The Michelson-Morley experiment with a preferred light frame. If the entire apparatus, on the orbiting Earth, moves with respect to light’s reference frame, the beams going in perpendicular directions would arrive at different times.

These results, according to my 21st century physics education, really made people think about a potential rest frame for light and the existence of luminiferous ether. Lorentz developed his transformations in order to explain this experiment, which fit nicely into special relativity.

Conclusion

All  of these experiments probe a fairly simple idea, that the velocity of light is additive with its source. Each of them is fairly straightforward to understand on a conceptual level, and doesn’t require special relativity to understand (although it certainly helps in interpreting their results). By considering these experiments, I think one could discount the idea that light’s speed simply adds to the speed of its source, as is required by Galilean relativity, and would force the physicists of the day to dig deeper to uncover the nature of light, which is indeed what happened. Physics students have been told for generations that the speed of light is constant in all rest frames and that that leads to Lorentz transformations, but it’s important to remember how we know that is the case.

43 replies
1. R
resurgance2001 says:

Hi

I was reading your article and you mentioned Fizeau’s experiment to measure the speed of light using a cog wheel.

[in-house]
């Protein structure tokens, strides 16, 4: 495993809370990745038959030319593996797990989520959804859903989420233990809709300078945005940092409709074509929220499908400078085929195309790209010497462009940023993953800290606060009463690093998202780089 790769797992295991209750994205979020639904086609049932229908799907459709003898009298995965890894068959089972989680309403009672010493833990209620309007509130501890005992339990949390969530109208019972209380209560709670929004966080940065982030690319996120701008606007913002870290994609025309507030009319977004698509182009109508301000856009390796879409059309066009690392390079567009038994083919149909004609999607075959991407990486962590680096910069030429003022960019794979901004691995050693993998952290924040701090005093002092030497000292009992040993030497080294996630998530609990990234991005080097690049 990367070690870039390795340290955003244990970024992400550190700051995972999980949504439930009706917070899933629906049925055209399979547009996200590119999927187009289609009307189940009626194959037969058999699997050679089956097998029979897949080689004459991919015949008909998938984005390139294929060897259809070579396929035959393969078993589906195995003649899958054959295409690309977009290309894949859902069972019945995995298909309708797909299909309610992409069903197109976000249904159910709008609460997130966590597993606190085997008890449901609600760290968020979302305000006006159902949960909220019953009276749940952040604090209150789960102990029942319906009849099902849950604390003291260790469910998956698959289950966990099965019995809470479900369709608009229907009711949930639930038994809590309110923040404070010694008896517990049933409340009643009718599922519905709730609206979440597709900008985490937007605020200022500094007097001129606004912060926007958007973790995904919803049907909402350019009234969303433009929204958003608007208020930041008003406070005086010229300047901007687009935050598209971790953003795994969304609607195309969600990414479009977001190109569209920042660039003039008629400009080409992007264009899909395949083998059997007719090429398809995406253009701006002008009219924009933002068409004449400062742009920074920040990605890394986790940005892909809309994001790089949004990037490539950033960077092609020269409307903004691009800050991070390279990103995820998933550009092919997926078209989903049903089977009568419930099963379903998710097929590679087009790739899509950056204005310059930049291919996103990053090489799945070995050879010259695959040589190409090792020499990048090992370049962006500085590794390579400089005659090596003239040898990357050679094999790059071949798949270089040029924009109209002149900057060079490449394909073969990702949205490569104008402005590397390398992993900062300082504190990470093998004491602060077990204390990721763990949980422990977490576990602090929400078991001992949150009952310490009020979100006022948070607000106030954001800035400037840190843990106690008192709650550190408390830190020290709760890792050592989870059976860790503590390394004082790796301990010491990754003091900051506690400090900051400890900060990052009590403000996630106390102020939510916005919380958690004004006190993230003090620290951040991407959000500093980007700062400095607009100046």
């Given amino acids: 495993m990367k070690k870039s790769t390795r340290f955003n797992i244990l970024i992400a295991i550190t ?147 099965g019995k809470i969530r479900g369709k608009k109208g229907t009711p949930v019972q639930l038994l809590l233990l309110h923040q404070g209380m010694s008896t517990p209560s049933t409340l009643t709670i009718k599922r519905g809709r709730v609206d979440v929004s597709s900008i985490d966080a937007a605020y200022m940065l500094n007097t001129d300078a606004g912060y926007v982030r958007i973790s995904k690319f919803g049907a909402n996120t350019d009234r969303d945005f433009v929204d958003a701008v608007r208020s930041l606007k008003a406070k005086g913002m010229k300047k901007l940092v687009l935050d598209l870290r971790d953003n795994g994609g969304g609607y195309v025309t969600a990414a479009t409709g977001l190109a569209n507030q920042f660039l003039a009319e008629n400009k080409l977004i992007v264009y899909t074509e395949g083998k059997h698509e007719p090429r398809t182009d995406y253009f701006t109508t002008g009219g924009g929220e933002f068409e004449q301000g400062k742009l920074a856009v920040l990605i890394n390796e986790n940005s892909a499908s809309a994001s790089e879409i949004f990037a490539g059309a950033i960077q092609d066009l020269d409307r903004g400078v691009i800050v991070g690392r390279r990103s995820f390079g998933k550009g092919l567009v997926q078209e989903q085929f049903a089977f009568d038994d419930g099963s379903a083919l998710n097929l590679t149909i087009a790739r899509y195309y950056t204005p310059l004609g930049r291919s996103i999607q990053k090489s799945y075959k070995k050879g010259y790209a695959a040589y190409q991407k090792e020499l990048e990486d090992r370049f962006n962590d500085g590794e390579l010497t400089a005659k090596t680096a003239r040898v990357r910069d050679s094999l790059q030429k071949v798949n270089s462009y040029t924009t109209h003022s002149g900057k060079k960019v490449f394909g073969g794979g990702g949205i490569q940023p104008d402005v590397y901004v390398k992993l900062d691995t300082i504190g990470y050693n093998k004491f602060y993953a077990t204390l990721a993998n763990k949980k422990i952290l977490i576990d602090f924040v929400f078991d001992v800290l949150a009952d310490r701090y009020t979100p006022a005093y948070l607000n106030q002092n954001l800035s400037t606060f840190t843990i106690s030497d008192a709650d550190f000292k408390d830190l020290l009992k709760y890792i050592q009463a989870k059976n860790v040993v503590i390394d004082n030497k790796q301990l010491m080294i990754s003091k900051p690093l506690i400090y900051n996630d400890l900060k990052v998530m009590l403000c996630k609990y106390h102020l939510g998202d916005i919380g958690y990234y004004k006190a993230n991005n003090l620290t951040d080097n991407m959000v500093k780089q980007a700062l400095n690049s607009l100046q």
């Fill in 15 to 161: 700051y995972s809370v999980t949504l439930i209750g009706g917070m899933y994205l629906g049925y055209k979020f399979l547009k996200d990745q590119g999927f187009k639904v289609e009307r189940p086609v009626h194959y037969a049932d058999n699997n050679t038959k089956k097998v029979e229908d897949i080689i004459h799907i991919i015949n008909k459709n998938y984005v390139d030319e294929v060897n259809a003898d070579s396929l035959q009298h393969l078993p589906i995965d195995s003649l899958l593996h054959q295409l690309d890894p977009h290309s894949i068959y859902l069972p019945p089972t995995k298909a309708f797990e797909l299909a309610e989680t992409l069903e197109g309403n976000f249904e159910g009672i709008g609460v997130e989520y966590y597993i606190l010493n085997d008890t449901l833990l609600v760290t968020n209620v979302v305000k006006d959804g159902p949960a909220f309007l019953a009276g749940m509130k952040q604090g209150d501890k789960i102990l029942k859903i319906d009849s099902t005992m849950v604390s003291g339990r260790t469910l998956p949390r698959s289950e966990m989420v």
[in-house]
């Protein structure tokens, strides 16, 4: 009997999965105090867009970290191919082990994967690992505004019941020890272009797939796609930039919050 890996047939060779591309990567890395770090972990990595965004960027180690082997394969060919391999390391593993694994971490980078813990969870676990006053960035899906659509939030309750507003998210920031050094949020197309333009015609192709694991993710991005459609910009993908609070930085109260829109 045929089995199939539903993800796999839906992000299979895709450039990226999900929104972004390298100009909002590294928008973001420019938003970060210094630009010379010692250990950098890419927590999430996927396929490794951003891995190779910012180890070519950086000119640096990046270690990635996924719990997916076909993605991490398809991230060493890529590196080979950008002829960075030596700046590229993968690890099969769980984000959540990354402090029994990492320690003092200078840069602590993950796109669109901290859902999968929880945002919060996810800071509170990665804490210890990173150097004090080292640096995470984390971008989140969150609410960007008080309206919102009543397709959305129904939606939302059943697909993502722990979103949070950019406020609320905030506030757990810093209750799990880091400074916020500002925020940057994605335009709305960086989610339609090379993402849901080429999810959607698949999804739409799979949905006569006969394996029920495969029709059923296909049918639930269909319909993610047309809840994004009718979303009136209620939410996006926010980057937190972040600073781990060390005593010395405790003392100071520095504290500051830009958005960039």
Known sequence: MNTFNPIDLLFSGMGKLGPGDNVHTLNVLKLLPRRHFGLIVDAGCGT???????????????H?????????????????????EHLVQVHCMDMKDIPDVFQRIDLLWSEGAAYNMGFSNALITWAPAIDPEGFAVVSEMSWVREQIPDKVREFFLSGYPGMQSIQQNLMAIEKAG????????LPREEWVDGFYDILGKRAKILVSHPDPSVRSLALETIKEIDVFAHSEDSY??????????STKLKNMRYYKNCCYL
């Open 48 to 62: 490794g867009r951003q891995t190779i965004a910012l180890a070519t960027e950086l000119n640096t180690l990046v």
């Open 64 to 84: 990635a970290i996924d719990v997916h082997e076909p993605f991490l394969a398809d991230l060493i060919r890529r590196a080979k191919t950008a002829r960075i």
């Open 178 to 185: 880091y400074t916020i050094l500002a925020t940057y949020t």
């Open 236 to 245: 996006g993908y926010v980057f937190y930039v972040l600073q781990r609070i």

I believe it said that he shone a light some 15 km to a mirror and then it was reflected back.

I have tried to find more details about how he actually achieved this. For example, what did he use as a light source and what did he use the drive the cog wheel? Any ideas?

I have not yet been able to track down any proper diagrams/drawing of the actuall apparatus he used. A French university tried a while back to reproduce the experiment using a modern laser and hi-tech brushless motor and simply were not able to do the experiment.
[QUOTE=”klotza, post: 5324912, member: 569939″]klotza submitted a new PF Insights post

[URL=’https://www.physicsforums.com/insights/speed-light-galilean-relativity/’]The Speed of Light and of Galilean Relativity[/URL]

[URL=’https://www.physicsforums.com/insights/speed-light-galilean-relativity/’]Continue reading the Original PF Insights Post.[/URL][/QUOTE]

2. E
exmarine says:

Nice write-up. But it repeats my pet peeve that is in all the textbooks. That is some version of: “The velocity of light is c in all inertial reference frames”. It takes a really generous reading of that sentence to have it be correct. Yes, the speed of light is independent of the emitter’s speed. But the speed of a photon is not c in all inertial reference frames. In fact, it is c in only one inertial reference frame, and that is the frame of its eventual absorber / detector. That fact is right there in Einstein’s brilliant derivation of the Lorentz Transform. It just seems to me that it should be explicitly stated.

3. Ygggdrasil says:

Really nice article. It’s always fun to read about some of the elegant experiments that scientists designed long ago.